From Fulham Today's Ian McCulloch...
You have to go back to April 1998 for the last time that Fulham lost three league games in a row - that's an incredible sequence of 167 matches. It's no wonder that the supporters went home a bit bemused after Saturday's game; they've forgotten what it's like to be on a real losing run.
The other reason they went home bemused was that they had witnessed yet another smash and grab raid from a team playing a la Derby County (albeit with a bit more class). Liverpool, obviously worrying about nosebleeds if they crossed the halfway line, defended as though their lives depended on it and scored twice from their four or so chances.
Fulham, as usual, spurned a good number of clear-cut opportunities. Marlet, Saha, Boa Morte, Legwinski and Goma all could and should have scored, and a share of the spoils was the very least that the Whites deserved from what was a fine team performance.
The story of the stats tells it all - 61% of the possession, and it wasn't toothless either - Fulham had the lion's share of the chances. And once again, the intervention of the referee was crucial. For those of you without the benefit of video analysis, when Luis Boa Morte burst past Abel Xavier in the penalty area, the Portuguese defender put his arm round Luis' shoulder, pulling him back and then pushing him to the ground. This was an absolutely incontrovertible, cast-iron penalty - there could be no other interpretation.
The referee, from a vantage point ten yards away, had no hesitation in showing the yellow card to Boa Morte and awarding a goal kick. All too often these days, it seems the outcome of a match is being determined by the incompetence of a referee.
In many ways, the game summed up the Whites' season perfectly: a very good team performance that lacked ruthlessness/luck/confidence in front of goal, and a result strongly influenced by a referee who it has to be said, was either inept, or, more worryingly, had a hidden agenda.
Speaking after the game, midfielder Sylvain Legwinski gave an honest appraisal of his team's performance, refusing to be carried away by the positive things that the nation's media were saying about the way the team played.
"Yes it was disappointing result, and especially so because we played well," said the Frenchman, "But our problem is that we are not decisive enough - it's the same old problem in front of goal and it was the same today defensively. For the first goal, we should have cleared it and then we weren't able to score. Against a team like Liverpool we were always going to be up against it, if we conceded a goal first.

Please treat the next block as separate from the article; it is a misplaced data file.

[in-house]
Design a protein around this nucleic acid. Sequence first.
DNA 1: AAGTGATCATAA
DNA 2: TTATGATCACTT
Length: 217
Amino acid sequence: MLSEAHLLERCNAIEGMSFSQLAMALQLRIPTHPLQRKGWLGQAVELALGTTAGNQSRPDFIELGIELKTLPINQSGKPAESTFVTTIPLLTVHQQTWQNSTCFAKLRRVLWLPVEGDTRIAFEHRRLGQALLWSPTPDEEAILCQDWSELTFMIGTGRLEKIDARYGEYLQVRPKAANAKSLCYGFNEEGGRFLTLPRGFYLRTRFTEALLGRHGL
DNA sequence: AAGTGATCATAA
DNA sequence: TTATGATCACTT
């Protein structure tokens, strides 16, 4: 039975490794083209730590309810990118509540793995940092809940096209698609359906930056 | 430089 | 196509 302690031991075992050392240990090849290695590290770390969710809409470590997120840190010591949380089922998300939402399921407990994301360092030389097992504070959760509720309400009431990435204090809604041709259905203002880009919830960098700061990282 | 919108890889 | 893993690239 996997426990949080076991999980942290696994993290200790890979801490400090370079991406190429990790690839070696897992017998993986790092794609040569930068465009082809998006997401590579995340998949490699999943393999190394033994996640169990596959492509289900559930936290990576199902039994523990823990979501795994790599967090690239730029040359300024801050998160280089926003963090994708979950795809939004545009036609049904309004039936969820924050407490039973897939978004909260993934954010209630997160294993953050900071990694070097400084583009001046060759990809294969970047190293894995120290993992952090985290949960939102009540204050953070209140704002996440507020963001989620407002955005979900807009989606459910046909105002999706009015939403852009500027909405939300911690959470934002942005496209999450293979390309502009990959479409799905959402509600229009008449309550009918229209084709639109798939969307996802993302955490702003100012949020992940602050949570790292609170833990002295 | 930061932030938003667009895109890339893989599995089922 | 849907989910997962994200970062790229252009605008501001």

"Always after these games we say we played well. But if we don't get the right result then we shouldn't say that it was a good performance. It's only a good performance if you win the game, so today was not good for us. But I have to say that the number of good chances that we created means that we are still optimistic about what we can do here.
"Liverpool play a very containing game, so to come back after conceding an early goal was very difficult. They are very solid defensively, and they played very well at the back. Even so, we should have got something out of the game. We have Chelsea now on Wednesday, and the team are determined to tighten up our performance and get a result there."
This is the big one as far as the fans are concerned, but it looks as though the midfield is going to be a problem area for the Whites. Legwinski is out suspended and Lee Clark had to be substituted, obviously in some discomfort, after coming on as substitute himself. Also coming off injured was Sean Davis, but the young midfielder is determined to be available for the mid-week clash.
"I took a knee to my thigh," he said, after limping out of the dressing room, "It went dead straight away and I was really struggling to run on it. I hope that it's just a short-term thing; it would be a huge disappointment to me if I couldn't play on Wednesday.
"Every game is a big game at the moment and this one even more so. Hopefully a bit of rest on my leg means that I can start jogging on it fairly quickly. I'll be in first thing on Sunday morning and I'll keep icing it and moving it to stop it stiffening up even more.
"It means a lot to everyone to get a result at Chelsea, and I really hope I can be a part of it."
Something of an understatement there. If Fulham can sustain their good performance but convert the chances that their play deserves into a win on Wednesday, then the first three-game bad run for nearly four years will be readily forgiven and forgotten.